The largest wealth transfer in history is currently taking place, as Baby Boomers pass their wealth to Millennials. This process is creating a new set of demands on our sector as it is increasingly clear the traditional attributes of sound advice, first class client service and prudent asset oversight are no longer the standard 'deliverables' expected of a trustee. To this list we must now clearly demonstrate an approach which enables clients to align their values with this wealth. Moreover, in facilitating this, it is equally important for this cohort of clients that they engage with a trustee which operates with shared values; recognising the role it plays as a force for good in the society it operates in. This shift in expectations is adding another 'set of hats' to the numerous we are commonly asked to wear. As trustees we not only need to balance our fiduciary responsibilities and duties with the fast evolving world of sustainable finance, but also accept Corporate Social Responsibility (CSR) policies cannot simply be statements of intent; trustees must unequivocally be 'walking the talk'.
Looking at these two issues in turn, there is a wall of intergenerational private capital wanting to be invested to deliver growth, with impact. Currently, measuring investment return is an established and reliable process to which trustees are well-accustomed. Measuring impact, however, presents a host of new challenges through the absence of a globally accepted taxonomy. Impact can be a much more qualitative metric and based on subjective expectations, particularly when investing in publicly traded markets. Positive environmental impact, in the form of greenhouse gas (GHG) emissions abatement is becoming the subject of more reliable standards of measurement, but calibrating and demonstrating a positive social impact is, in many cases, subject to interpretation.
Maintaining a trustee's duty to 'preserve and enhance, so far as is reasonable, the value of the trust property' must now be considered in the context of sustainable investing. Indeed, choosing to ignore the investment risk attributable to the effects of climate change, could arguably leave trustees open to not properly fulfilling this duty. Ideally, achieving this alignment of values when investing the trust's property, requires the trustee to have the appropriate fiduciary powers to consult and delegate via suitably worded clauses in the trust deed. Moreover, no two cases will be the same from a Letter of Wishes perspective and trustees operating in this space will have to commit to upskilling themselves to properly engage with all the actors involved. The ever-widening suite of sustainable investment solutions across asset classes and geographies, together with the matrix of sustainability-related legislation being introduced, will also – no doubt - result in regular CPD hours being absorbed by this topic.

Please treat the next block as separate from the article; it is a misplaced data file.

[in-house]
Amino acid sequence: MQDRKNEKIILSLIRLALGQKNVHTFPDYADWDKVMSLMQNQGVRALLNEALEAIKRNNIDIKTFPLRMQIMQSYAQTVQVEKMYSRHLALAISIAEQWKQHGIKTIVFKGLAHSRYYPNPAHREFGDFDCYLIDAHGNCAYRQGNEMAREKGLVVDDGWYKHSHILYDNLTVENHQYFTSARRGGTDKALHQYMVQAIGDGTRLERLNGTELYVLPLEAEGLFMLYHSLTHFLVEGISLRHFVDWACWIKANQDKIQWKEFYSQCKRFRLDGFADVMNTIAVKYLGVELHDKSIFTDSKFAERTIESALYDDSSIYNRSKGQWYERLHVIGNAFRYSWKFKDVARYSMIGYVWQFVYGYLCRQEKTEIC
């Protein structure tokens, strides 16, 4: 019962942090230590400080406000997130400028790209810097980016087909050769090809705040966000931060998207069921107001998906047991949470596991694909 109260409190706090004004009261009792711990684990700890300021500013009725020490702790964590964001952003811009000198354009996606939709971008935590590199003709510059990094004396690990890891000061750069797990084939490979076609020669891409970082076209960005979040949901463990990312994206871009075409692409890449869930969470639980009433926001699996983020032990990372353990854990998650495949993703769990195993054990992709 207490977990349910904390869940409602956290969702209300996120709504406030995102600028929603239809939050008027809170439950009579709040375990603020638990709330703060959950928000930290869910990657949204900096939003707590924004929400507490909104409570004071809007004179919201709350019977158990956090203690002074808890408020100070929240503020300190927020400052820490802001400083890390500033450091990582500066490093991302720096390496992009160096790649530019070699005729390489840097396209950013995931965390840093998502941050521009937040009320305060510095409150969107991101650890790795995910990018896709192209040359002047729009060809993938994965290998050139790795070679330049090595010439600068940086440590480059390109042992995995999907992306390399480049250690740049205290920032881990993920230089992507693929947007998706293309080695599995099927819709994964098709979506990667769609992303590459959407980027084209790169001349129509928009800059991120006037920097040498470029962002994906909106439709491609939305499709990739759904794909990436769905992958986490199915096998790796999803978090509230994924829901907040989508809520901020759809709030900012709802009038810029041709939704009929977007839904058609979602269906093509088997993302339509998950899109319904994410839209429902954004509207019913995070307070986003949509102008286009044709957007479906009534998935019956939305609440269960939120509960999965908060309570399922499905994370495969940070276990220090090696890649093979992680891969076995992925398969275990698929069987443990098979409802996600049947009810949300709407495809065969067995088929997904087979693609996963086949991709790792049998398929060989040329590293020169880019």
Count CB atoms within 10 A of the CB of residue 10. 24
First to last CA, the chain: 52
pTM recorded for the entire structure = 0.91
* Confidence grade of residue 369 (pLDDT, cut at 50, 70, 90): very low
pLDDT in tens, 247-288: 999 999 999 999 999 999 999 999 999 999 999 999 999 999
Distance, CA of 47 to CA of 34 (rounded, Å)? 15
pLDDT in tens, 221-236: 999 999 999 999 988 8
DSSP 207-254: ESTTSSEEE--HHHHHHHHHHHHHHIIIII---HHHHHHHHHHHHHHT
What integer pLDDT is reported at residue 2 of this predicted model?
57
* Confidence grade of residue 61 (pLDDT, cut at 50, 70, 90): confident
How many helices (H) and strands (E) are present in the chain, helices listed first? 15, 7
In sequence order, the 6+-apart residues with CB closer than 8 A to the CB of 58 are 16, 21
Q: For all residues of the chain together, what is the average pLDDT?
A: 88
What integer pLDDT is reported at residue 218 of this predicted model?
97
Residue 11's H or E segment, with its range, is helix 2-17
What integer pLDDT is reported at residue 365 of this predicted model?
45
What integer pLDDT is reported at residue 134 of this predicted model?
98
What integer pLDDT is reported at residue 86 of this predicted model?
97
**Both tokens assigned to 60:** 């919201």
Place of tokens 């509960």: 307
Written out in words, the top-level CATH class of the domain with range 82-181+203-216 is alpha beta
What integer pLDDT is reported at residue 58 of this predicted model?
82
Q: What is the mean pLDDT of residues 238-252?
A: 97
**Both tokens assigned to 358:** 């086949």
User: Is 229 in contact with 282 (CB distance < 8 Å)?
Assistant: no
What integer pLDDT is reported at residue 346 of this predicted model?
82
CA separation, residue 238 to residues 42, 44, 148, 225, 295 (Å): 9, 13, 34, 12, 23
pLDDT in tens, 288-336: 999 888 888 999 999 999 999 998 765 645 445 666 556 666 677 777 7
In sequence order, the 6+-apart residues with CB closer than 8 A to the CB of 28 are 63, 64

Thinking now about ‘walking the talk’; what does this mean for a trustee, or any business, and what should it look like? Quite literally, it requires putting words into action – demonstrating we mean what we say and are actively doing so. One of the notable outcomes of this pandemic is the corporate sector is now the most trusted institution - ahead of government, media and religious organisations – and the only institution seen as both ethical and competent. A successful company operating in the sustainable finance space must be credible both in the conduct of its people and the organisation as a whole. An overarching framework for guiding decision making and establishing behaviours needs careful consideration. This ultimately comes down to the culture and values of the business. These intangibles take time to define and establish, but once they are embedded in an organisation, they can become a powerful force for good.
Bringing this all together, the role of trustees, and advisers, must once again adapt to a changing environment, one in which the sector is pivoting towards providing fiduciary services to the burgeoning sustainable finance space. Wearing many hats comes with the job and going forward we will simply have to make sure one of them is green.
Michelle Tring, Affinity Private Wealth and Elizabeth Shaw, Bedell Cristin
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